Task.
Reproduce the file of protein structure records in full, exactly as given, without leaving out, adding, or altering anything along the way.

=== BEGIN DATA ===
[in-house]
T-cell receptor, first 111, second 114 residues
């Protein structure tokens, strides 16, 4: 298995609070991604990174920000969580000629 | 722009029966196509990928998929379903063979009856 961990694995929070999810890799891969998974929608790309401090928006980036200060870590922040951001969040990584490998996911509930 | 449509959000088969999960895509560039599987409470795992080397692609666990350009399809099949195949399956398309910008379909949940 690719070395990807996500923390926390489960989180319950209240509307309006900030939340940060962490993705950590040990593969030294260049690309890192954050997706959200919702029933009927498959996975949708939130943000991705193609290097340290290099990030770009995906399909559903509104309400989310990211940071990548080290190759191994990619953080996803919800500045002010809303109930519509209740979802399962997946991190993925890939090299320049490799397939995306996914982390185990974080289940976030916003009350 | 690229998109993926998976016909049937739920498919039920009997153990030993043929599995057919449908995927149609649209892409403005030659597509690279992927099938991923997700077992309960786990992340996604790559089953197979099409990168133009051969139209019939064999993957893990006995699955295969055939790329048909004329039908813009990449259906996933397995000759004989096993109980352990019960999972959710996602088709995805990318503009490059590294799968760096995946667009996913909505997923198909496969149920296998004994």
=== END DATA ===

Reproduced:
[in-house]
T-cell receptor, first 111, second 114 residues
């Protein structure tokens, strides 16, 4: 298995609070991604990174920000969580000629 | 722009029966196509990928998929379903063979009856 961990694995929070999810890799891969998974929608790309401090928006980036200060870590922040951001969040990584490998996911509930 | 449509959000088969999960895509560039599987409470795992080397692609666990350009399809099949195949399956398309910008379909949940 690719070395990807996500923390926390489960989180319950209240509307309006900030939340940060962490993705950590040990593969030294260049690309890192954050997706959200919702029933009927498959996975949708939130943000991705193609290097340290290099990030770009995906399909559903509104309400989310990211940071990548080290190759191994990619953080996803919800500045002010809303109930519509209740979802399962997946991190993925890939090299320049490799397939995306996914982390185990974080289940976030916003009350 | 690229998109993926998976016909049937739920498919039920009997153990030993043929599995057919449908995927149609649209892409403005030659597509690279992927099938991923997700077992309960786990992340996604790559089953197979099409990168133009051969139209019939064999993957893990006995699955295969055939790329048909004329039908813009990449259906996933397995000759004989096993109980352990019960999972959710996602088709995805990318503009490059590294799968760096995946667009996913909505997923198909496969149920296998004994």